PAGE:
Popcorn Perspectives – Week of November 23, 2020

Popcorn Perspectives with Danny Minton

Week of November 23, 2020

(from left) Phil Betterman (Peter Dinklage) and Grug Crood (Nicolas Cage) in DreamWorks Animation’s The Croods: A New Age, directed by Joel Crawford.

The Croods: A New Age
Rated PG for peril, action and rude humor
Rotten Tomatoes Score: 76% at time of writing
In Theaters

This sequel to the 2013 animated film follows the continuing adventures of the Croods, a prehistoric family in search of a better life consisting of food, shelter and safety. Lucky for them they discover a beautifully walled-in single-family commune with a more evolved family, named the Bettermans, who have figured out a much more sophisticated way of living. While at first the Croods are welcomed, the two families’ differences quickly cause problems that escalate into a big feudal mess. While I wouldn’t say the movie is a big evolution from the first one, it’s actually still a lot of fun and crazy creative. Originally slated for a 2017 release, the studio changed the story direction by hiring Dan and Kevin Hageman (Scary Stories to Tell in the Dark) to re-craft for a much later release this Thanksgiving. Is it worth venturing into theaters during Covid? Not sure about that one. But it is a fun little comedy with some big laughs and a welcome familiarity. Sure its more like theatrical comfort food than fine dining, but sometimes that is okay. Whether in theaters or in what I’m sure will be a relatively fast trip to home entertainment, kids will obviously enjoy, as I’m sure many of the adults will too with its wacky, random humor and nicely-paced story. B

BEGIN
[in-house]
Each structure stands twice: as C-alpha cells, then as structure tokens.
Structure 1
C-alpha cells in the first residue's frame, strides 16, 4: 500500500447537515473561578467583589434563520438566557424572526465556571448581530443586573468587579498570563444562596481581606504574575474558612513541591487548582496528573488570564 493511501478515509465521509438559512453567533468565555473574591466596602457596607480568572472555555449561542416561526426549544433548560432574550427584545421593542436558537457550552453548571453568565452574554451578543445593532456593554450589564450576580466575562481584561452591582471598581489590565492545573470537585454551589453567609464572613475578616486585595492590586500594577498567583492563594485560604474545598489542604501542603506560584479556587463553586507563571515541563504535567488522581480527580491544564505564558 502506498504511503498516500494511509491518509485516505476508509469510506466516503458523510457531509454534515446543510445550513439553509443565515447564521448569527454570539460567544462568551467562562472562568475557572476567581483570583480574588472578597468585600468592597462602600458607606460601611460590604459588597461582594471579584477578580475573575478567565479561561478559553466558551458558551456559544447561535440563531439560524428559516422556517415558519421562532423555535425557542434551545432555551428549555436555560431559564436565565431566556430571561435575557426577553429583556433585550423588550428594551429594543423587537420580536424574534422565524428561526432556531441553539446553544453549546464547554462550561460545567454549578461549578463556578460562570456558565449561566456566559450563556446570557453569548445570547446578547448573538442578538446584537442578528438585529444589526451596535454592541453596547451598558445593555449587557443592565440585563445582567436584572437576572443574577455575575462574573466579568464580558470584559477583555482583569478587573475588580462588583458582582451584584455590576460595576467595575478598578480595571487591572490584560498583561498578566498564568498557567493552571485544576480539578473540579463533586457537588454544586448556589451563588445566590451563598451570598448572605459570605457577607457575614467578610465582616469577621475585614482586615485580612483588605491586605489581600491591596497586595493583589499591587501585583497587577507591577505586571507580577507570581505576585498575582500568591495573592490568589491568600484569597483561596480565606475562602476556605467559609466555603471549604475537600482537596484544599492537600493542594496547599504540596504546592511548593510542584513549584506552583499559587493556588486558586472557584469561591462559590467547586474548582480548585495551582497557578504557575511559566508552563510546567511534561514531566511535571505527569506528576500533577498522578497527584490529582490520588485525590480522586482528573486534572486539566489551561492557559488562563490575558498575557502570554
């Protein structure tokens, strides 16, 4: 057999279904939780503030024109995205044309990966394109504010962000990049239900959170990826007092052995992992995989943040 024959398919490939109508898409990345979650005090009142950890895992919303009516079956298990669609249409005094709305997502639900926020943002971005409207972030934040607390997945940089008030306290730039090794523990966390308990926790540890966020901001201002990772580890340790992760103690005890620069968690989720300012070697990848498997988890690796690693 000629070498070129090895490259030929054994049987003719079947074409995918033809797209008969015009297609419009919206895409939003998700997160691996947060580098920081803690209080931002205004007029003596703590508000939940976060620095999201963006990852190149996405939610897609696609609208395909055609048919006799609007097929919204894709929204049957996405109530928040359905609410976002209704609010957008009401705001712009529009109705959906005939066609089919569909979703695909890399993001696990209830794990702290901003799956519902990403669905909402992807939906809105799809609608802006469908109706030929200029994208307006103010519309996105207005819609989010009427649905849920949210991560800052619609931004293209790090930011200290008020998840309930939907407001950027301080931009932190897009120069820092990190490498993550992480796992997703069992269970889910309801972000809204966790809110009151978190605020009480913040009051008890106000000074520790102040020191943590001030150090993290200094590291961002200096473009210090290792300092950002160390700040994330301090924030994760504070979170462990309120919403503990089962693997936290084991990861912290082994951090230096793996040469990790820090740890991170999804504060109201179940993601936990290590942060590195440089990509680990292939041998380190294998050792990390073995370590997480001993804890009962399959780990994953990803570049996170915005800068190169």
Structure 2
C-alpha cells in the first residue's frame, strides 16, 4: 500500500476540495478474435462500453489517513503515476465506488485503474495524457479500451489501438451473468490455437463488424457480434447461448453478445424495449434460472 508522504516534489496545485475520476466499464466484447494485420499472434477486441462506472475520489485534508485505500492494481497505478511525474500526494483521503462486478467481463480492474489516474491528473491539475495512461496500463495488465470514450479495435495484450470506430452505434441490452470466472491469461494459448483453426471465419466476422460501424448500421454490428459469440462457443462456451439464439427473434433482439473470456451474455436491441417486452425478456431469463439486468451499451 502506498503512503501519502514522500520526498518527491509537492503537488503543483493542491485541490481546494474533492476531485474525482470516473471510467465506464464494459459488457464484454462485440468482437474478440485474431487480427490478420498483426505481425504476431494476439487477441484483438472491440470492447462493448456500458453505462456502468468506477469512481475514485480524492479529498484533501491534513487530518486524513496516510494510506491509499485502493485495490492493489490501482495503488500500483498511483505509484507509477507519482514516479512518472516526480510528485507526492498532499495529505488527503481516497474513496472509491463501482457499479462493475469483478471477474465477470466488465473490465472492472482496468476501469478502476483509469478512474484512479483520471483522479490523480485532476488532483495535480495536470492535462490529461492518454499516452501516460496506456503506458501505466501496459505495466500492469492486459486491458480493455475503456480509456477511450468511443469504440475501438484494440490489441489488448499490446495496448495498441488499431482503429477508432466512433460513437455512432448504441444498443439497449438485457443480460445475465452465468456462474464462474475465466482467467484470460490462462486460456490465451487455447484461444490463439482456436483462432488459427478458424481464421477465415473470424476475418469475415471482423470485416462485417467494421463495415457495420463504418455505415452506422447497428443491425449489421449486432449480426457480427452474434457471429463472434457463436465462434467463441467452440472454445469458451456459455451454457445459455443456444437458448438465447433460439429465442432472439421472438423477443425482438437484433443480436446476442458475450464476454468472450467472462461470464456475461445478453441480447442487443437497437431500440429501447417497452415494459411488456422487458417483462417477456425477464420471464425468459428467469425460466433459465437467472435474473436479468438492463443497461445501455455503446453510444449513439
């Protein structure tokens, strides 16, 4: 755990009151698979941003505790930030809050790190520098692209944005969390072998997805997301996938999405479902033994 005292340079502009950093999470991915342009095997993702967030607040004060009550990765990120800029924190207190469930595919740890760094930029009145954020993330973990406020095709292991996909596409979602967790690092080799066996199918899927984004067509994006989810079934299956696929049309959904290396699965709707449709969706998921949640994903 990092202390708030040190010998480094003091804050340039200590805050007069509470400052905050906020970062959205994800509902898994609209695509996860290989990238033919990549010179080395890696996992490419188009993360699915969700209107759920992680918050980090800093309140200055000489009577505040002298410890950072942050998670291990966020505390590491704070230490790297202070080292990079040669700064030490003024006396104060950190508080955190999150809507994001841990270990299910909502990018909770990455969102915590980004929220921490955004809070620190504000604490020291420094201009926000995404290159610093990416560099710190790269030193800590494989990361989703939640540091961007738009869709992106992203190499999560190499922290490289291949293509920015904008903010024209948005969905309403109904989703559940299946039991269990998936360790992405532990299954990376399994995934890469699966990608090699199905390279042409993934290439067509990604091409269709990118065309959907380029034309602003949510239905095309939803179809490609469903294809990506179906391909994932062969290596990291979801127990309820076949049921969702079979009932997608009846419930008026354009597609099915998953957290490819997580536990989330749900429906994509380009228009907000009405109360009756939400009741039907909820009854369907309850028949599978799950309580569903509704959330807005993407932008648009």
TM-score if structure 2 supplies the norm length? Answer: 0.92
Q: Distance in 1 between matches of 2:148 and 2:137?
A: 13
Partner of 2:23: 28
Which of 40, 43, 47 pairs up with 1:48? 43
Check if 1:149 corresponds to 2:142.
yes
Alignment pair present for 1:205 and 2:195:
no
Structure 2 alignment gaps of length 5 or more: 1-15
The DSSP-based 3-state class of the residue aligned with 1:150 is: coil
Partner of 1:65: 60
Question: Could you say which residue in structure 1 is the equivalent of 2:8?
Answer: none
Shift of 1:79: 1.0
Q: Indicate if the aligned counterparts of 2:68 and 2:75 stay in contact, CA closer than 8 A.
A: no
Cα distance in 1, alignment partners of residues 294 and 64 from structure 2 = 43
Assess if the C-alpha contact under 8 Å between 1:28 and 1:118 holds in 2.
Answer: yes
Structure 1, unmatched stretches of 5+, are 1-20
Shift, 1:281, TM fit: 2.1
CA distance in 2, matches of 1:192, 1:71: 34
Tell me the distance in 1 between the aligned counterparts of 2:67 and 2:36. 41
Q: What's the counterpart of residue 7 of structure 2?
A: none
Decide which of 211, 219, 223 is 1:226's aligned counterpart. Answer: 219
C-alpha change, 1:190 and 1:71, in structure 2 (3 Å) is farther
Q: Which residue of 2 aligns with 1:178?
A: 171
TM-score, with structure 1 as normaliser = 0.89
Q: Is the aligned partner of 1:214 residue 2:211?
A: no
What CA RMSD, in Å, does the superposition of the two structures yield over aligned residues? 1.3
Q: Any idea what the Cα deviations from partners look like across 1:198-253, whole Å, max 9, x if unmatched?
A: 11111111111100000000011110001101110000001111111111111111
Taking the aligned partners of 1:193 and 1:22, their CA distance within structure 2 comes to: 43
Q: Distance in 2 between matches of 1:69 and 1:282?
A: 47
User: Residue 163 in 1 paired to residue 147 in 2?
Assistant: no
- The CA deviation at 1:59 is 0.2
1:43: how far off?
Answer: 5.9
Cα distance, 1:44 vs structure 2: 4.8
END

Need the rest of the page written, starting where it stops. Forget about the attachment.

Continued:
Ma Rainey’s Black Bottom
Rated R for some sexual content, language and brief violence
Rotten Tomatoes Score: 100% at time of writing
Available on Netflix

Viola Davis and Chadwick Boseman put on an acting masterclass in this film from Netflix based on the play by August Wilson and produced by Denzel Washington. The story follows a famous black singer named Ma Rainey (Davis) and her band as they attempt to record some new songs at a studio in Chicago in the 1920’s. Tensions flair as a young trumpet player (Boseman) and the rest of the band argue and fight over the direction of their music and their lives as black musicians in white America. The movie very much feels like a play as it moves between its music and its narrative. And while the story itself isn’t overly compelling, the stories of the characters, along with the fantastic ensemble cast playing them, give the film a memorable and satisfying journey as you learn about each of them and what has gotten them to that moment. And depending on when we actually see awards for this year, it wouldn’t surprise me at all if Boseman and Davis were both major front-runners for best actor and actress when we eventually do see the trophies handed out. For Boseman especially, his potential posthumous win will be an emotionally charged campaign to reward the great talent which we lost way too soon. A-

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